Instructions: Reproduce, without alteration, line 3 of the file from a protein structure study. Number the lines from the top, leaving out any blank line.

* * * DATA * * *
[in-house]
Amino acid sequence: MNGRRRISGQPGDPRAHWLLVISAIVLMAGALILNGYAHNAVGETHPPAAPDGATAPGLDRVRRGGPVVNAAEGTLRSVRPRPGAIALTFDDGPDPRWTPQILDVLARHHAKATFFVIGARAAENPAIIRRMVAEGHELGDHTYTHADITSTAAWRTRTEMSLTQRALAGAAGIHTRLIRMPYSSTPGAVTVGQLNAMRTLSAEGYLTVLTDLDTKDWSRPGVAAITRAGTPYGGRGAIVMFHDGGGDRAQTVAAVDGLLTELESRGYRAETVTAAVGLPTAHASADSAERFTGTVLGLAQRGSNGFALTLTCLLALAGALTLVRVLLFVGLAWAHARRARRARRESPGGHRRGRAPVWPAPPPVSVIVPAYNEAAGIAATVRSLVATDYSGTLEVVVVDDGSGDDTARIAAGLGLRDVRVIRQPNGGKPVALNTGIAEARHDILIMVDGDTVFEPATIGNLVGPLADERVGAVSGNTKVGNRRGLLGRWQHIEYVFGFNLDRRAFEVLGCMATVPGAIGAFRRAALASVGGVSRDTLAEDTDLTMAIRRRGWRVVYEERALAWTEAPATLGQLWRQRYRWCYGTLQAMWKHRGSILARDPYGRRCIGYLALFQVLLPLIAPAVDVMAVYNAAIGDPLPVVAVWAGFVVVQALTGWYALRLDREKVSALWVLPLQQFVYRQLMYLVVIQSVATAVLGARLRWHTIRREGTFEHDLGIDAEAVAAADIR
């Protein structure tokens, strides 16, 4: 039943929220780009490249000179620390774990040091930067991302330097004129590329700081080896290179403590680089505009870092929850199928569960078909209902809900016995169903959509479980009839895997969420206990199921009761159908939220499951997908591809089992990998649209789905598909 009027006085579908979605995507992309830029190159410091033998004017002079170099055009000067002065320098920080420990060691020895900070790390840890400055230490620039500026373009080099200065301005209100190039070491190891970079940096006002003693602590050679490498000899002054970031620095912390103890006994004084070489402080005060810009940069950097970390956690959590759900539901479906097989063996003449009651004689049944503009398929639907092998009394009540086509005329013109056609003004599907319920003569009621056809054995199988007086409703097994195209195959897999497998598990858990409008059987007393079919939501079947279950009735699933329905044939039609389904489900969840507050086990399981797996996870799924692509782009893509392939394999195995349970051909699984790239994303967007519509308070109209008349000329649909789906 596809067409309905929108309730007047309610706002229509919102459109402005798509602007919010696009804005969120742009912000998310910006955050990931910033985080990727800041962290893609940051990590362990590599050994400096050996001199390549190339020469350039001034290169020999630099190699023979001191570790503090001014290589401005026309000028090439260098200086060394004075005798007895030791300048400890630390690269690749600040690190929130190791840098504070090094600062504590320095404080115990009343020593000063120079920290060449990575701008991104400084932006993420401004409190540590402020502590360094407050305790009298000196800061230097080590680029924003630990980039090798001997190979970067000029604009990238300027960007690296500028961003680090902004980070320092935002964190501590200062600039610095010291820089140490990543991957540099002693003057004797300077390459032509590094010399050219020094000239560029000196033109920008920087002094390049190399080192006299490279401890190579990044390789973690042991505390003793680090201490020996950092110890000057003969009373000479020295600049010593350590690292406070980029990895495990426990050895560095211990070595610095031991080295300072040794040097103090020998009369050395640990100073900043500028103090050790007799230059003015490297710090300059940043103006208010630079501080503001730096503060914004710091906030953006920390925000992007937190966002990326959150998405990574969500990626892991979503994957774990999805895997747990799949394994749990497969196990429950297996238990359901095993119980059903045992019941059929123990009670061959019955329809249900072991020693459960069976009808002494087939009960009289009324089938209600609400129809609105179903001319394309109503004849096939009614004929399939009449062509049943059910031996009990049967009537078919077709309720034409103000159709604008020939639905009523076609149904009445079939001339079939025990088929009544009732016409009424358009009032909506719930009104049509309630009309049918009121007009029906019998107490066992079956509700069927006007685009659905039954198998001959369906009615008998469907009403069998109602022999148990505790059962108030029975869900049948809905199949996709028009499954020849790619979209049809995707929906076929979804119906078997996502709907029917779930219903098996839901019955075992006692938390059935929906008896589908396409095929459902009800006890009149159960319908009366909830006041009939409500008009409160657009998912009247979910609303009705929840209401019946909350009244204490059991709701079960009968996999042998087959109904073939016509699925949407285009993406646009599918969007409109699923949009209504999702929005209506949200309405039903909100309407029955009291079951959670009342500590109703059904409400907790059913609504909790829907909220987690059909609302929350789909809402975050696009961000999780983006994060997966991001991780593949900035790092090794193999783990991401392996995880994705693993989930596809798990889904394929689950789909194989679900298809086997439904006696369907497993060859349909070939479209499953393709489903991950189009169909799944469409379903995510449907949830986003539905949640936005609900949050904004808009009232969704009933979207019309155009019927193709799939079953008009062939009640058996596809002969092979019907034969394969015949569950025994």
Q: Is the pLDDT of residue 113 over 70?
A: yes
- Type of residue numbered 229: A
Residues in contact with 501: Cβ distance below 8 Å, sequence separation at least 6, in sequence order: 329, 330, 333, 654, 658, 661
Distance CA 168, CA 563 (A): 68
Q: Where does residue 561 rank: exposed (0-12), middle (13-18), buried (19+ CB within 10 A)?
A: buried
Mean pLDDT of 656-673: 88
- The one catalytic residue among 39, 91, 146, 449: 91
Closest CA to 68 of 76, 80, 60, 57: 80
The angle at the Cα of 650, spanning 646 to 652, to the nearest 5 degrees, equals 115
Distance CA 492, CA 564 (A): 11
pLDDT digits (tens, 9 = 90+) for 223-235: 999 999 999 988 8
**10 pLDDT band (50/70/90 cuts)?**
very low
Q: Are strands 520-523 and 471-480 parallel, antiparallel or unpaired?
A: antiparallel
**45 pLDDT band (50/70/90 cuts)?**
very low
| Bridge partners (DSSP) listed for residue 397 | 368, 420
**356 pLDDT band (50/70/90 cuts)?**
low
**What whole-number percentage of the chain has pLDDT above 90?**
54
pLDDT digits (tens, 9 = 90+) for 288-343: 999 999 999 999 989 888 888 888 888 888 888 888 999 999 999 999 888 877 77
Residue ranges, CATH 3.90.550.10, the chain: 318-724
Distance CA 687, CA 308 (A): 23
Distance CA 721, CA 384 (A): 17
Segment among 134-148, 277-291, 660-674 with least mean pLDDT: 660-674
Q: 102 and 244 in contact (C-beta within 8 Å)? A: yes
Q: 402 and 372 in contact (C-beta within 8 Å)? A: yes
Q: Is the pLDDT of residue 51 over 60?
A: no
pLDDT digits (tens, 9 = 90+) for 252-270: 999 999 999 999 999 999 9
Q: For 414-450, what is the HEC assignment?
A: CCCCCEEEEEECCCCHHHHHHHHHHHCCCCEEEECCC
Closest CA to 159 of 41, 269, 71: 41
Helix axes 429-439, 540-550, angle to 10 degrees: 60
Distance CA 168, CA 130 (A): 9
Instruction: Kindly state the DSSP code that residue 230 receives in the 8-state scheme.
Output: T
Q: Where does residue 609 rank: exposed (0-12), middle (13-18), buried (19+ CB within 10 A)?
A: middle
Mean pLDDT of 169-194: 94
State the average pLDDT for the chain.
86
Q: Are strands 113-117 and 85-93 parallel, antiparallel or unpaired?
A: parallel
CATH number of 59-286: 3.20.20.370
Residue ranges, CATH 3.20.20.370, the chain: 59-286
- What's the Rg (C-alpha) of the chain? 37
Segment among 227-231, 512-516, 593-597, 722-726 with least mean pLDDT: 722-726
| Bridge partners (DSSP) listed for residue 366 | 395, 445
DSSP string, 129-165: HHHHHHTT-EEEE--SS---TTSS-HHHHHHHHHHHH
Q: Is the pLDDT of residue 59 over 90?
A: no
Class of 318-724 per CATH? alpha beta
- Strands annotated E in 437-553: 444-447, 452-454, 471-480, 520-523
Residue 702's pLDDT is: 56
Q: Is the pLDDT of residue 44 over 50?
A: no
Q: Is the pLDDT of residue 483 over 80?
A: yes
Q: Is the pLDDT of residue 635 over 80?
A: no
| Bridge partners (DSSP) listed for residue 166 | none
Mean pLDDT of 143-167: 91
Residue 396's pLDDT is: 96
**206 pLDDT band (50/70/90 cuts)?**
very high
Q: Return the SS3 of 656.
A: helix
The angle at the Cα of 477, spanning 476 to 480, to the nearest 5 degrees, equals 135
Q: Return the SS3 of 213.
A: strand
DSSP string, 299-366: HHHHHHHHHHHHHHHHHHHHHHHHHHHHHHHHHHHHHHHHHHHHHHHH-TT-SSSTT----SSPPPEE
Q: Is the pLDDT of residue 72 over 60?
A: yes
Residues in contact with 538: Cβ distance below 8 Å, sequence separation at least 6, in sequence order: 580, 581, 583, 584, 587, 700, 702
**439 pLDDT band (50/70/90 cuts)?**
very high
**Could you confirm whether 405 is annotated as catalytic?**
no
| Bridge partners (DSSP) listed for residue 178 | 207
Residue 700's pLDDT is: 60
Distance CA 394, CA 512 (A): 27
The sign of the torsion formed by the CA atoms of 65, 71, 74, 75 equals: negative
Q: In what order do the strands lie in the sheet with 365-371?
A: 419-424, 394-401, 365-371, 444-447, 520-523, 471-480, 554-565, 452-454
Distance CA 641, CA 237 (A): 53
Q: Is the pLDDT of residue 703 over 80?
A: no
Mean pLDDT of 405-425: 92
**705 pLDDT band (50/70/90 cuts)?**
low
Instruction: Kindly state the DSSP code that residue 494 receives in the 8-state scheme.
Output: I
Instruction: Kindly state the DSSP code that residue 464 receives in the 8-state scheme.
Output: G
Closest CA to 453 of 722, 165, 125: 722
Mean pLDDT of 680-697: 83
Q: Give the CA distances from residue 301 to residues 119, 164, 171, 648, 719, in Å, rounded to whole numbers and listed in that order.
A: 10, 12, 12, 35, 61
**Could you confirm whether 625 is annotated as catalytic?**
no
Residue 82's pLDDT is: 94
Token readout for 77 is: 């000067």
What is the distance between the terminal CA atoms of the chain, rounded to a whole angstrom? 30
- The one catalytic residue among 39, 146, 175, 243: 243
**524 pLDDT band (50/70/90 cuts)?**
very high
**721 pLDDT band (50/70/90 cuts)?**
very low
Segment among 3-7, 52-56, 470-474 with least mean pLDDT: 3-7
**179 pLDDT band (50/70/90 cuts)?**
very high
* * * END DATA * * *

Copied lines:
């Protein structure tokens, strides 16, 4: 039943929220780009490249000179620390774990040091930067991302330097004129590329700081080896290179403590680089505009870092929850199928569960078909209902809900016995169903959509479980009839895997969420206990199921009761159908939220499951997908591809089992990998649209789905598909 009027006085579908979605995507992309830029190159410091033998004017002079170099055009000067002065320098920080420990060691020895900070790390840890400055230490620039500026373009080099200065301005209100190039070491190891970079940096006002003693602590050679490498000899002054970031620095912390103890006994004084070489402080005060810009940069950097970390956690959590759900539901479906097989063996003449009651004689049944503009398929639907092998009394009540086509005329013109056609003004599907319920003569009621056809054995199988007086409703097994195209195959897999497998598990858990409008059987007393079919939501079947279950009735699933329905044939039609389904489900969840507050086990399981797996996870799924692509782009893509392939394999195995349970051909699984790239994303967007519509308070109209008349000329649909789906 596809067409309905929108309730007047309610706002229509919102459109402005798509602007919010696009804005969120742009912000998310910006955050990931910033985080990727800041962290893609940051990590362990590599050994400096050996001199390549190339020469350039001034290169020999630099190699023979001191570790503090001014290589401005026309000028090439260098200086060394004075005798007895030791300048400890630390690269690749600040690190929130190791840098504070090094600062504590320095404080115990009343020593000063120079920290060449990575701008991104400084932006993420401004409190540590402020502590360094407050305790009298000196800061230097080590680029924003630990980039090798001997190979970067000029604009990238300027960007690296500028961003680090902004980070320092935002964190501590200062600039610095010291820089140490990543991957540099002693003057004797300077390459032509590094010399050219020094000239560029000196033109920008920087002094390049190399080192006299490279401890190579990044390789973690042991505390003793680090201490020996950092110890000057003969009373000479020295600049010593350590690292406070980029990895495990426990050895560095211990070595610095031991080295300072040794040097103090020998009369050395640990100073900043500028103090050790007799230059003015490297710090300059940043103006208010630079501080503001730096503060914004710091906030953006920390925000992007937190966002990326959150998405990574969500990626892991979503994957774990999805895997747990799949394994749990497969196990429950297996238990359901095993119980059903045992019941059929123990009670061959019955329809249900072991020693459960069976009808002494087939009960009289009324089938209600609400129809609105179903001319394309109503004849096939009614004929399939009449062509049943059910031996009990049967009537078919077709309720034409103000159709604008020939639905009523076609149904009445079939001339079939025990088929009544009732016409009424358009009032909506719930009104049509309630009309049918009121007009029906019998107490066992079956509700069927006007685009659905039954198998001959369906009615008998469907009403069998109602022999148990505790059962108030029975869900049948809905199949996709028009499954020849790619979209049809995707929906076929979804119906078997996502709907029917779930219903098996839901019955075992006692938390059935929906008896589908396409095929459902009800006890009149159960319908009366909830006041009939409500008009409160657009998912009247979910609303009705929840209401019946909350009244204490059991709701079960009968996999042998087959109904073939016509699925949407285009993406646009599918969007409109699923949009209504999702929005209506949200309405039903909100309407029955009291079951959670009342500590109703059904409400907790059913609504909790829907909220987690059909609302929350789909809402975050696009961000999780983006994060997966991001991780593949900035790092090794193999783990991401392996995880994705693993989930596809798990889904394929689950789909194989679900298809086997439904006696369907497993060859349909070939479209499953393709489903991950189009169909799944469409379903995510449907949830986003539905949640936005609900949050904004808009009232969704009933979207019309155009019927193709799939079953008009062939009640058996596809002969092979019907034969394969015949569950025994």